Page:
The “anticommons” revisited: that time Phoenix tried to leave more water in Lake Mead

Ry Rivard, a reporter for Voice of San Diego who is part of the Colorado River journalism posse, had the most tweetable summary of the dustup within Arizona and among the seven Colorado River basin states:   Arizona has two internal factions. One of them wanted to work with other states to save water. The …

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Denver Water accuses Central Arizona Project of manipulating water orders to take more water from Lake Mead

Denver Water today joined state leaders in the Upper Colorado River Basin with a letter accusing the managers of the Central Arizona Project of manipulating water orders to get more water out of the Upper Basin’s reservoir at Lake Powell. The actions of the CAP’s managers “several compromise the trust and cooperation” needed to solve …

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Colorado River Upper Basin states accuse Central Arizona Project managers of threatening the health of the Colorado River system

Upper Colorado River Basin state leaders, in a letter Friday (April 13, 2018), said the water management approach being taken by the managers of the Central Arizona Project “threaten the water supply for nearly 40 million people in the United States and Mexico, and threaten the interstate relationships and good will that must be maintained …

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Is the Central Arizona Project gaming reservoir levels to take more water from the Upper Basin?

This Central Arizona Project infographic has been a bit of a “WTF” moment in the Colorado River Basin management community: Kudos to whoever designed this. I’ve struggled to find ways to explain this. First posted to the Internet, then apparently taken down, it’s a solid explanation of the tricky way the Central Arizona Project has …

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Some thoughts on “the West’s Disappearing Water”

We lost the daily direct flights between Albuquerque and Tucson a decade ago when the economy tanked, which left me in a shuttle yesterday morning at sunup driving north on I-10 from Tucson to Phoenix to catch a flight home after a couple of very intense, very productive days discussing water.* It’s a beautiful stretch …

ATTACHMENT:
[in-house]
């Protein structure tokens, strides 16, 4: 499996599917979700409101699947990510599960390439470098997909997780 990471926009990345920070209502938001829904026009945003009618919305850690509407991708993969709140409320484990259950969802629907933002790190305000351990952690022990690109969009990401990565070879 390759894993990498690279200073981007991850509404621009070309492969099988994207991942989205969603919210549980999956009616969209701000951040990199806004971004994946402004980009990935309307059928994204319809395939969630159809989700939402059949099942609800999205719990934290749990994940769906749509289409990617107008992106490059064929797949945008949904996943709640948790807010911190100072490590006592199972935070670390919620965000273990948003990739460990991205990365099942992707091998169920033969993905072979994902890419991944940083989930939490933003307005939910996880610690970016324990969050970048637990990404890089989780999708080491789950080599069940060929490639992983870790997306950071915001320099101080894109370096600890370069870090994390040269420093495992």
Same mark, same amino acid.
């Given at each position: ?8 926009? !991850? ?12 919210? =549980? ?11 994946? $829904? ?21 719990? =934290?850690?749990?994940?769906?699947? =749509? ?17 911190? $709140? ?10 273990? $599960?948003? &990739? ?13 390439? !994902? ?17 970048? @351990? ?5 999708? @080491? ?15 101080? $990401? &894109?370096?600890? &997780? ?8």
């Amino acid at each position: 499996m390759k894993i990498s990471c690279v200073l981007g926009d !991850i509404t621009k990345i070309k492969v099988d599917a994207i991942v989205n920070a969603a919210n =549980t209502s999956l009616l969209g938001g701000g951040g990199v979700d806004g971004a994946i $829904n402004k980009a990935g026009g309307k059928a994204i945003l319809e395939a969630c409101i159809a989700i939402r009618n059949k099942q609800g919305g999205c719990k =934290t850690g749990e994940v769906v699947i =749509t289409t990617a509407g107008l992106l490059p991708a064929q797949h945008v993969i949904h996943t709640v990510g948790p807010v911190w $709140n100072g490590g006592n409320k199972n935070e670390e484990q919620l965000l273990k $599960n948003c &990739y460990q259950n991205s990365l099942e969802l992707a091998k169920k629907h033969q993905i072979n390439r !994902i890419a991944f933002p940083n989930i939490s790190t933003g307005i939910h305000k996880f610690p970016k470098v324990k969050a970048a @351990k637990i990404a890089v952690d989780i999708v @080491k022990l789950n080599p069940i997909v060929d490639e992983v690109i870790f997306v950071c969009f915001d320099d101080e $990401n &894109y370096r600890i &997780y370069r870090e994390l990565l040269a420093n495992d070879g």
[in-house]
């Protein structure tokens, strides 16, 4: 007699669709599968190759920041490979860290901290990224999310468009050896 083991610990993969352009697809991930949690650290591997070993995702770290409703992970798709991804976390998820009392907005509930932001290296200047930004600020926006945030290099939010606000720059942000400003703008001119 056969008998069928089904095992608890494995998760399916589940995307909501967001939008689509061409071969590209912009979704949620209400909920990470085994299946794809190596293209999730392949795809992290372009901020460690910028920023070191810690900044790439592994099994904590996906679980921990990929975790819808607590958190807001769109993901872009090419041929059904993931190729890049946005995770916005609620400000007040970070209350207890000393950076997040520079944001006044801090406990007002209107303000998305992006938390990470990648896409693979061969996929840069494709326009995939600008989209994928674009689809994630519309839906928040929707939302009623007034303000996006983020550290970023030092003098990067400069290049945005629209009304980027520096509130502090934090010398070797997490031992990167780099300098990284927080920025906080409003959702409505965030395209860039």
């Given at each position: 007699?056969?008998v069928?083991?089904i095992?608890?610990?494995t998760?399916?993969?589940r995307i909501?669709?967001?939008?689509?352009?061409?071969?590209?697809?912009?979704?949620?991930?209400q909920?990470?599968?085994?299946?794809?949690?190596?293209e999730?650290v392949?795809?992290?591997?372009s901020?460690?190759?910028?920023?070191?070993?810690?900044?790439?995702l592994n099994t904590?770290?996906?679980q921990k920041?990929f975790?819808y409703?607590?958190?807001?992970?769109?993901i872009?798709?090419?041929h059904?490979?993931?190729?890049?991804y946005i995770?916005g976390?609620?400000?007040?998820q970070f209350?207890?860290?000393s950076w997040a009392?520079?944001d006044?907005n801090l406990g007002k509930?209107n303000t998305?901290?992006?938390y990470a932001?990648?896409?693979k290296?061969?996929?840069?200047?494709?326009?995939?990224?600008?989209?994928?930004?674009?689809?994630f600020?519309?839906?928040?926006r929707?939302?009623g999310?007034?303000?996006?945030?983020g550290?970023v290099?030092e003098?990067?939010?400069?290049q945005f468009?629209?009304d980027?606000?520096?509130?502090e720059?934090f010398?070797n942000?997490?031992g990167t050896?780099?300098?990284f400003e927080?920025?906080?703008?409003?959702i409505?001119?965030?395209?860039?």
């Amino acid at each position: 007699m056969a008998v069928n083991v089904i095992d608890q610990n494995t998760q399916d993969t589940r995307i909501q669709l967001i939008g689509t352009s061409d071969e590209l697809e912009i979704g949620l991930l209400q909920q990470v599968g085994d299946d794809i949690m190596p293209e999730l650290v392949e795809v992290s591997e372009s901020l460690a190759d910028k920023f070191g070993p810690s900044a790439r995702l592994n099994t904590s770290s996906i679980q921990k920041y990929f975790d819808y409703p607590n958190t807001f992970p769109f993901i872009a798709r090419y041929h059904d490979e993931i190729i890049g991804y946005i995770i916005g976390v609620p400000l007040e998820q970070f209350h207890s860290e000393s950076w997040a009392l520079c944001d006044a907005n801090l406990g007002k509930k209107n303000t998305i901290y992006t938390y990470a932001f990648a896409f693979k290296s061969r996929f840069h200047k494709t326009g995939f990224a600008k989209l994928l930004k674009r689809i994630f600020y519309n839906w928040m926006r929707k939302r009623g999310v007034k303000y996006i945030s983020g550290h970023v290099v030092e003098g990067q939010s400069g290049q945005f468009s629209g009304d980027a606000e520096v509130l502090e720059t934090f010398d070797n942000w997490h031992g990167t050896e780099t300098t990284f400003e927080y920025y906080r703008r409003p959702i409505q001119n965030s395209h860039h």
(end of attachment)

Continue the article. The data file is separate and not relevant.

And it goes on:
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Hey Tucson, I’ll be yammering at the University of Arizona Thursday

Thursday at 4: With another dry year setting in across the West, the challenges of meeting the water supply needs of a growing population while maintaining our rural communities and a healthy environment are again being thrown in sharp relief. The continuing decline of Lake Mead has become a symbol of deepening problems, but there are also …

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#tbt to that time New Mexico tried to demand a Gila River Compact

For today’s #tbt (Throwback Thursday), a return to the remarkable era of Steve Reynolds in New Mexico water management, and that time Reynolds tried to give New Mexico an effective veto over the Central Arizona Project. Students in this year’s UNM Water Resources Program spring class are doing a case study this year on New …

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Overcoming “use it or lose it” on the Colorado – an example

Yesterday I pointed out how much water is being stashed in Lake Mead as an example of how folks on the Colorado River are overcoming the old “use it or lose it” problem in western water. Here’s another example, this time with water taken off of the river and stored underground, in this case excess water …

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Looking for flexibility within Arizona

Arizona’s current internal political struggles over allocation and management of shortage on the Colorado River illustrate a central dilemma in the basin’s transition from the era of managing development of the river’s water to the era of managing scarcity. While we generally have demonstrated the ability to use less water across a range of water …

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Arizona misters and the value of water

When we think today about Arizona’s water problems, we imagine large lawns in sprawling suburbs in and around Phoenix, golf courses, and “misters”—those devices that fritter away water into the hot desert air to cool the customers eating at outdoor restaurants in the Valley of the Sun. Me, in Water is For Fighting Over Lissa …

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